How To Use The Planting Calendar
This planting calendar is a guide that tells you the best time to start planting your garden based on frost dates. Our planting calendar is customized to your nearest weather station in order to give you the most accurate information possible. Please note:
- The “Frost Dates” indicate the best planting dates based on your local average frost dates. Average frost dates are based on historical weather data and are the planting guideline used by most gardeners. Although frost dates are a good way to know approximately when to start gardening, always check a local forecast before planting outdoors!
- The “Plant Seedlings or Transplants” dates indicate the best time to plant young plants outdoors. This includes plants grown from seed indoors at home and small starter plants bought from a nursery.
- When no dates appear in the chart, that starting method is typically not recommended for that particular plant, although it likely still possible. See each plant’s individual Growing Guide for more specific planting information.
- The “Moon Dates” indicate the best planting dates based on your local frost dates and Moon phases. Planting by the Moon is considered a more traditional technique. We use Moon-favorable dates at the very start of the gardening season. It’s a little complex for a fall planting.
To plan your garden more accurately in the future, keep a record of your garden’s conditions each year, including frost dates and seed-starting dates!
Getting Started With Native Plants
Like us, birds need food, water, and shelter. By choosing locally native plants, you can transform any outdoor space into a bird sanctuary that also saves resources such as water and combats climate change. Use the steps below to create and maintain a bird-friendly habitat that brings colorful birds, sweet melodies, vibrant colors, and more of nature’s gifts close.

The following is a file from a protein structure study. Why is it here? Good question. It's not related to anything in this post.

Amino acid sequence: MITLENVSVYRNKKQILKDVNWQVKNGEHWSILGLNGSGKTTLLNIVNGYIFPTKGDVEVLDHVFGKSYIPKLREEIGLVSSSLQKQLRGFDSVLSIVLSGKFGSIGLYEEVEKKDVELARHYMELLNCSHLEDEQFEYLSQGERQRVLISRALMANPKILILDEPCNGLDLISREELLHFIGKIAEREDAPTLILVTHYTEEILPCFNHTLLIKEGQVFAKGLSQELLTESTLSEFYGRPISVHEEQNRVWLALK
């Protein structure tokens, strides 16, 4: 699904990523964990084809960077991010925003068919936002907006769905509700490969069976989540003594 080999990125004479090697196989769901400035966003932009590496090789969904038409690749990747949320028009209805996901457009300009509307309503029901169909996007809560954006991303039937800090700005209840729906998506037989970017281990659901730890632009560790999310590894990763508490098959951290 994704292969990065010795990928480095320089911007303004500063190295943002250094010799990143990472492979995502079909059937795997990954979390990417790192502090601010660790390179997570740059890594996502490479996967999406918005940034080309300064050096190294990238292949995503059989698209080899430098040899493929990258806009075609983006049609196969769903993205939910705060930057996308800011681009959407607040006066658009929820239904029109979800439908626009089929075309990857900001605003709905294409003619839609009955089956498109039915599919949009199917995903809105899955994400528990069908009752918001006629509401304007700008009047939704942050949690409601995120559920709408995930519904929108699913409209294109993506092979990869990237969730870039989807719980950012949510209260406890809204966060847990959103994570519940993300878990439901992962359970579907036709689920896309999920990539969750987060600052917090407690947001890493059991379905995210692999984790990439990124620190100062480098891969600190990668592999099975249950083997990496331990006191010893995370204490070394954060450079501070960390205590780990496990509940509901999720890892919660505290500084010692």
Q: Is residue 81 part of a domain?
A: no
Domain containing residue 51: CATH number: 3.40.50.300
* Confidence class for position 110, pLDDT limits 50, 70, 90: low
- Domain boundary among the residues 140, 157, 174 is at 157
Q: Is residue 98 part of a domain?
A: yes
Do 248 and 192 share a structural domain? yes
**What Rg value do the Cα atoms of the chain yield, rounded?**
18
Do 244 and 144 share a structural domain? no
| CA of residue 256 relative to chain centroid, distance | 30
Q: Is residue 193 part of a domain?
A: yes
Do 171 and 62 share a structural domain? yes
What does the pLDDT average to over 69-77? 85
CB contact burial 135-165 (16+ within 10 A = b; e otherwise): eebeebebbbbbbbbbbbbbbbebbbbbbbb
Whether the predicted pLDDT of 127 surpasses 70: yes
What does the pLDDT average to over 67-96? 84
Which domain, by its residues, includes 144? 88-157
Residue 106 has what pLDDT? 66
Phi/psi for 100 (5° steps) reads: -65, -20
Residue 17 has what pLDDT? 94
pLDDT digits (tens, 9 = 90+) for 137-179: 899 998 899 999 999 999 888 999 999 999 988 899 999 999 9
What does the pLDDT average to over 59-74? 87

Select a site that’s practical to convert into a garden and allow room to expand. Things to consider:
- Do you have full sun? Partial sun? Shade? Is the soil rocky, loamy, sandy, clay, or gravel? Does it drain well? Is your site flat or hilly? Near water? What’s the elevation?
- Plants are sensitive to their environments. Learn what’s optimal from your local native plant society.
Plant in the spring or fall months and on cooler days.
- Follow planting instructions carefully and get tips on mulching around plants. Water only as needed when young plants are adapting to their new habitat.
Prepare your garden well to save headaches later.
- You may need to dig up lawn, remove pesky invasive plants, and add organic compost to the soil.
- An easy method is to lay down newspaper at least six sheets deep, with plenty of overlap wet it down cover it with 4 to 6 inches of mulch, and let it sit until you are ready to plant.
- Use deep edging to keep out lawn grass.
Plan for a variety of shapes, sizes, and kinds of plants to give vertical structure to your garden.
Steward your native plant garden with tender loving care.
These Could Harm Your Early Girl Tomatoes
- Deer, Rabbits, & Squirrels LOVE start to come out and become hungry in spring. One of the first plants they eat is tomatoes. Whether protected or unprotected pests pose a risk to growing early girl tomatoes in New York.
Wet & Rain:
- Too much rain and wetness can cause your Early Girl tomatoes to quickly become infected with fungus or other diseases that will cause the plant to die earlier than expected hindering the amount of tomatoes youll be able to harvest.
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Native Trees And Plants For New York
The best feature of your Empire State landscape just might be flowering trees like the Kwanzan Cherry Tree. This tree grows well in NY and offers you a spring-flowering tree that is large enough to also be a shade tree.
New Yorks state tree is the Sugar Maple. This spectacular forest tree is found throughout the state and is easily recognized by its distinctive gray bark and lobed leaves. In full maturity, most trees reach 70 to 90 feet in height.
However, if you’d like to grow plants and trees outside of New York’s native collection, you have several options with varieties that grow in pots .
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Selling Marijuana In New York
In the state of New York, it is illegal to sell or gift large amounts of cannabis. Penalties for selling cannabis in New York are as follows: